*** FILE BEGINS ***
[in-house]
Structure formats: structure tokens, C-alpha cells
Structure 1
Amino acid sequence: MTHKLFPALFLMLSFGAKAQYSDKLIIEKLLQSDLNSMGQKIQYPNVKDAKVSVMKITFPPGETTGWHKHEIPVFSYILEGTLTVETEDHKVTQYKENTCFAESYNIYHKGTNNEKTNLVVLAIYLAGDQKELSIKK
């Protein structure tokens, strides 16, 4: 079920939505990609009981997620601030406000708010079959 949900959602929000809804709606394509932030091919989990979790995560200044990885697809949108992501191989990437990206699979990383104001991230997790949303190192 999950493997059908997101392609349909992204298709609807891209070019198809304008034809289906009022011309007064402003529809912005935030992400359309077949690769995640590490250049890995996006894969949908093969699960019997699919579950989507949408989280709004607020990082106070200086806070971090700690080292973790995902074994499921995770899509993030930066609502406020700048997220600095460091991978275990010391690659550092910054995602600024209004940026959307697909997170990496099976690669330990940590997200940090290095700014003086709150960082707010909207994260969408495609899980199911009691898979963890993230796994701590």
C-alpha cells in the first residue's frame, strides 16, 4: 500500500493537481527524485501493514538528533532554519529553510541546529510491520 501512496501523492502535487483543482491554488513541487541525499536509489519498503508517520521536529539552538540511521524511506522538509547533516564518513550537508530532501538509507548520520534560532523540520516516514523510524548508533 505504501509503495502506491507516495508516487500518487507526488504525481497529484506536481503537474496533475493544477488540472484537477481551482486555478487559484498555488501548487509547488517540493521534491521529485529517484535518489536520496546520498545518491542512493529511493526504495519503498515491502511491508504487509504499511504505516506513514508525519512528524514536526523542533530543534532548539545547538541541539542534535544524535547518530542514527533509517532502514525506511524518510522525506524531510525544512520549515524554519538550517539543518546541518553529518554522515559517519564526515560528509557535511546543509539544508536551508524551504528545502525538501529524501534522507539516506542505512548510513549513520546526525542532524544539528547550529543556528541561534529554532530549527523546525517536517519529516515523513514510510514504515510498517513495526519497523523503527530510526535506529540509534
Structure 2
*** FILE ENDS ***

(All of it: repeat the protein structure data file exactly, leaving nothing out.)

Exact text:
[in-house]
Structure formats: structure tokens, C-alpha cells
Structure 1
Amino acid sequence: MTHKLFPALFLMLSFGAKAQYSDKLIIEKLLQSDLNSMGQKIQYPNVKDAKVSVMKITFPPGETTGWHKHEIPVFSYILEGTLTVETEDHKVTQYKENTCFAESYNIYHKGTNNEKTNLVVLAIYLAGDQKELSIKK
């Protein structure tokens, strides 16, 4: 079920939505990609009981997620601030406000708010079959 949900959602929000809804709606394509932030091919989990979790995560200044990885697809949108992501191989990437990206699979990383104001991230997790949303190192 999950493997059908997101392609349909992204298709609807891209070019198809304008034809289906009022011309007064402003529809912005935030992400359309077949690769995640590490250049890995996006894969949908093969699960019997699919579950989507949408989280709004607020990082106070200086806070971090700690080292973790995902074994499921995770899509993030930066609502406020700048997220600095460091991978275990010391690659550092910054995602600024209004940026959307697909997170990496099976690669330990940590997200940090290095700014003086709150960082707010909207994260969408495609899980199911009691898979963890993230796994701590």
C-alpha cells in the first residue's frame, strides 16, 4: 500500500493537481527524485501493514538528533532554519529553510541546529510491520 501512496501523492502535487483543482491554488513541487541525499536509489519498503508517520521536529539552538540511521524511506522538509547533516564518513550537508530532501538509507548520520534560532523540520516516514523510524548508533 505504501509503495502506491507516495508516487500518487507526488504525481497529484506536481503537474496533475493544477488540472484537477481551482486555478487559484498555488501548487509547488517540493521534491521529485529517484535518489536520496546520498545518491542512493529511493526504495519503498515491502511491508504487509504499511504505516506513514508525519512528524514536526523542533530543534532548539545547538541541539542534535544524535547518530542514527533509517532502514525506511524518510522525506524531510525544512520549515524554519538550517539543518546541518553529518554522515559517519564526515560528509557535511546543509539544508536551508524551504528545502525538501529524501534522507539516506542505512548510513549513520546526525542532524544539528547550529543556528541561534529554532530549527523546525517536517519529516515523513514510510514504515510498517513495526519497523523503527530510526535506529540509534
Structure 2